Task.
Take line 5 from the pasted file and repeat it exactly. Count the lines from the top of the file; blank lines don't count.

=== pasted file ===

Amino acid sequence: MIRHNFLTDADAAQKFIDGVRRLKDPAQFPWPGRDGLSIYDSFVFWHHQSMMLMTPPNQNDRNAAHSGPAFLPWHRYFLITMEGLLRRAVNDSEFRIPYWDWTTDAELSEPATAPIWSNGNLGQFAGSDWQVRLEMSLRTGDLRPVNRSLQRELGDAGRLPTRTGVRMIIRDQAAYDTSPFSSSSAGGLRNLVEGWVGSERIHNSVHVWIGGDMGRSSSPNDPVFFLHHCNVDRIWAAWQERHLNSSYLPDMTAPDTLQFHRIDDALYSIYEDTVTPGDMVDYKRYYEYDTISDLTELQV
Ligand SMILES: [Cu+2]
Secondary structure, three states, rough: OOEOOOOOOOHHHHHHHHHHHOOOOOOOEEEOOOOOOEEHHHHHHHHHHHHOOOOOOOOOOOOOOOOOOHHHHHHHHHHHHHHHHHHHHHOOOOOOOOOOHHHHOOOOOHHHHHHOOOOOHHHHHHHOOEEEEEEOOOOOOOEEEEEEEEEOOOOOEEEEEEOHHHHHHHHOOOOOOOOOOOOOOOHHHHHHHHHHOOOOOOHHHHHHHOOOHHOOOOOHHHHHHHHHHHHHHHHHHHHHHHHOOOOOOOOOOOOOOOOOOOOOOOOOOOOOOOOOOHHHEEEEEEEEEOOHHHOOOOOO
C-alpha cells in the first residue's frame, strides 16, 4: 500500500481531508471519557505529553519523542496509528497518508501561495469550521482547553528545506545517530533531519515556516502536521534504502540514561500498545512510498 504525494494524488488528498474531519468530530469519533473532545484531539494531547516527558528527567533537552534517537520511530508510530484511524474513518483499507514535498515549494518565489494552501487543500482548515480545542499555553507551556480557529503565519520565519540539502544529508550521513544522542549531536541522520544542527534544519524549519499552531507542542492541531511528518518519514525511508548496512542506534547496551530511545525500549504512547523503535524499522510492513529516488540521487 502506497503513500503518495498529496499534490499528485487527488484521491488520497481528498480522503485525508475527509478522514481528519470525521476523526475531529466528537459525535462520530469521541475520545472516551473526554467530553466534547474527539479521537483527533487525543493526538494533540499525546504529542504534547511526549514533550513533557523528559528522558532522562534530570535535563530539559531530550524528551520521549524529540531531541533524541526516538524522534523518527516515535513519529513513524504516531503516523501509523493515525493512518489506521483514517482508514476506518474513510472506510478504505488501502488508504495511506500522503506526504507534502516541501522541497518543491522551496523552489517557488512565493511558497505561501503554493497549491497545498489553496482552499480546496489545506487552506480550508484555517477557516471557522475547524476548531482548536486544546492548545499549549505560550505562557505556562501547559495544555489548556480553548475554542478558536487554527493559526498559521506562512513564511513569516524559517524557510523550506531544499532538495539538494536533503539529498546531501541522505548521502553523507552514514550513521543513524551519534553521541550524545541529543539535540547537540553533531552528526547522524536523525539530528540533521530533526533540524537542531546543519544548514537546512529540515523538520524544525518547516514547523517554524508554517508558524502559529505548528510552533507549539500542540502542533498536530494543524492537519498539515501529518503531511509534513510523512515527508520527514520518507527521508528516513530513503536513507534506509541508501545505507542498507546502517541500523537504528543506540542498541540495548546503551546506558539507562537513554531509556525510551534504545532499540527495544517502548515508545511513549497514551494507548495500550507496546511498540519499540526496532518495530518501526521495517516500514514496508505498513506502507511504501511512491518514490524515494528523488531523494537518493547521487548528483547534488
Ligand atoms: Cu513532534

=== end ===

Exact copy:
Ligand atoms: Cu513532534